(JTA) — Two Israeli spyware companies were sanctioned by the United States Wednesday for supplying spyware to foreign governments that the U.S. government accused of using the tools to “threaten the rules-based international order.”
NSO Group and Candira, two Israel-based companies, were placed on the list of companies sanctioned by the U.S. Department of Commerce along with two other companies based in Russia and Singapore.
The department accused the companies of providing spyware to actors who used it “to maliciously target government officials, journalists, businesspeople, activists, academics, and embassy workers.”
NSO Group is the creator of Pegasus, a spyware that can take over a target’s cellphone and collect data from it. The company was at the center of reporting by a consortium of news organizations, called the Pegasus Project, which detailed the ways in which foreign governments and actors has used the technology to target journalist, activists and others. In 2019, WhatsApp sued NSO Group for allegedly using the app to access the phones of 1400 WhatsApp users, including journalists and activists.
The sanctions mean the companies can no longer use American technologies, though American customers can still purchase their products.
While the U.S. said the sanctions were limited to the companies and would not take any actions against Israel’s government, a spokesman for the U.S. State Department said the U.S. would conduct “further discussions” with Israel over the matter, according to the Washington Post. Exports of the company’s technology are subject to approval by Israel’s Defense Ministry, as are any weapons exported from the country. Israeli media reported that Israel’s government was notified of the decision to sanction the companies one hour before the announcement was made.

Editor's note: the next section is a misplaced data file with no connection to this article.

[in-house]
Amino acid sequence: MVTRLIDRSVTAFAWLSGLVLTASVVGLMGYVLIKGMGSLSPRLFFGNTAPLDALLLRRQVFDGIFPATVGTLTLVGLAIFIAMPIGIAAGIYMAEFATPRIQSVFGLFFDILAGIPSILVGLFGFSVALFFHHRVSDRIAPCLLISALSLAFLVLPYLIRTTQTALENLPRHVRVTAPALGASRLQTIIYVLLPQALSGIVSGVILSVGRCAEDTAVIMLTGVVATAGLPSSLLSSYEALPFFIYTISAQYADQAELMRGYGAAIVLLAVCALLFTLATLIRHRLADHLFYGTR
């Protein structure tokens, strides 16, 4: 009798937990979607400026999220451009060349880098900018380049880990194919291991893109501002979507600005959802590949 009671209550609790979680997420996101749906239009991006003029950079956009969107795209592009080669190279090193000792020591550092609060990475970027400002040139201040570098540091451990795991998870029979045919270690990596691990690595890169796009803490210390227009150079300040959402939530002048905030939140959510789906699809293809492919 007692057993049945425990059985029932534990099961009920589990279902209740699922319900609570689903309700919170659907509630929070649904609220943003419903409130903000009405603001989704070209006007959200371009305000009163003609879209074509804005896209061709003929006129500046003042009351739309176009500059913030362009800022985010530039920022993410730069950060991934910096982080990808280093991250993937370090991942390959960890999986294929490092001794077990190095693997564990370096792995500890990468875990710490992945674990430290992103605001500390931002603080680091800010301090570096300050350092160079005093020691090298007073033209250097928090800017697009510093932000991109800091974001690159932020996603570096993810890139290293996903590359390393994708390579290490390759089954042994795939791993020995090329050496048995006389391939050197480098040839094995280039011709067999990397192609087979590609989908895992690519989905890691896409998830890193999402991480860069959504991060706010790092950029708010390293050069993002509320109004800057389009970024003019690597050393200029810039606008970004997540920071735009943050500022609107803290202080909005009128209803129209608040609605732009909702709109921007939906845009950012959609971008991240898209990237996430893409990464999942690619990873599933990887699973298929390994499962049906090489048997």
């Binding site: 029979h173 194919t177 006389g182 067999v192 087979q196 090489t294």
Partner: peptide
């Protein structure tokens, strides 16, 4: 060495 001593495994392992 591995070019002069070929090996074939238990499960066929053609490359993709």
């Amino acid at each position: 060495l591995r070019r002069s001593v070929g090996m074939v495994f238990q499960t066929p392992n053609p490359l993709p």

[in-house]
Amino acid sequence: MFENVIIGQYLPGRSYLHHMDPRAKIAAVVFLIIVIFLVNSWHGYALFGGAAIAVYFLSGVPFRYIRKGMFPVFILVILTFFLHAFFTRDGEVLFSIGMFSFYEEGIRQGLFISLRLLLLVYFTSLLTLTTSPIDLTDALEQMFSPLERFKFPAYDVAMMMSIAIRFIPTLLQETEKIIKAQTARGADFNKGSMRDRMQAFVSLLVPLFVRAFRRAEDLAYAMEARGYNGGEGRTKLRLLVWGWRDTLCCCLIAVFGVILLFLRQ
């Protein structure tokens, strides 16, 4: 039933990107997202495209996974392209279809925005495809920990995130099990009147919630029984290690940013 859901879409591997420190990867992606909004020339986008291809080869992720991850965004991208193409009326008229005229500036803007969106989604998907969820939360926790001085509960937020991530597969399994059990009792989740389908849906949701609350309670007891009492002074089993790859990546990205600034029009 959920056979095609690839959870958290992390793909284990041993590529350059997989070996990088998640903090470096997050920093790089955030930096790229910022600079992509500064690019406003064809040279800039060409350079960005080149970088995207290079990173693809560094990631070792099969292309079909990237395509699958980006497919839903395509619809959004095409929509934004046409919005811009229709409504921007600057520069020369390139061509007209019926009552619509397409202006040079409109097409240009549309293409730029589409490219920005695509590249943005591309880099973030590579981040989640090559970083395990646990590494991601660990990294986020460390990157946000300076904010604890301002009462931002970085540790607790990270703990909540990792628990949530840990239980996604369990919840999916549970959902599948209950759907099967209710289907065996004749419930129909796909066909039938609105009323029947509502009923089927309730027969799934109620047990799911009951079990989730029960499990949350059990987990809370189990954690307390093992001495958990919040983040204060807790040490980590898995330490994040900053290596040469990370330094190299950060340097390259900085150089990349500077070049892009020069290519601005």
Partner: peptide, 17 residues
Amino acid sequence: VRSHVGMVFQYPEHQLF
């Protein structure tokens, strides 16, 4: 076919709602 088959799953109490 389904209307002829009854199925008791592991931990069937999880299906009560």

“We look forward to further discussions with the government of Israel about ensuring that these companies’ products are not used to target human rights defenders, journalists and others who shouldn’t be targeted,” said Ned Price, a spokesman for the U.S. State Department.
The U.S. Department of Commerce said the sanctions were part of the Biden administration’s commitment “to put human rights at the center of U.S. foreign policy.”
“The United States is committed to aggressively using export controls to hold companies accountable that develop, traffic, or use technologies to conduct malicious activities that threaten the cybersecurity of members of civil society, dissidents, government officials, and organizations here and abroad,” U.S. Secretary of Commerce Gina M. Raimondo said in a statement.
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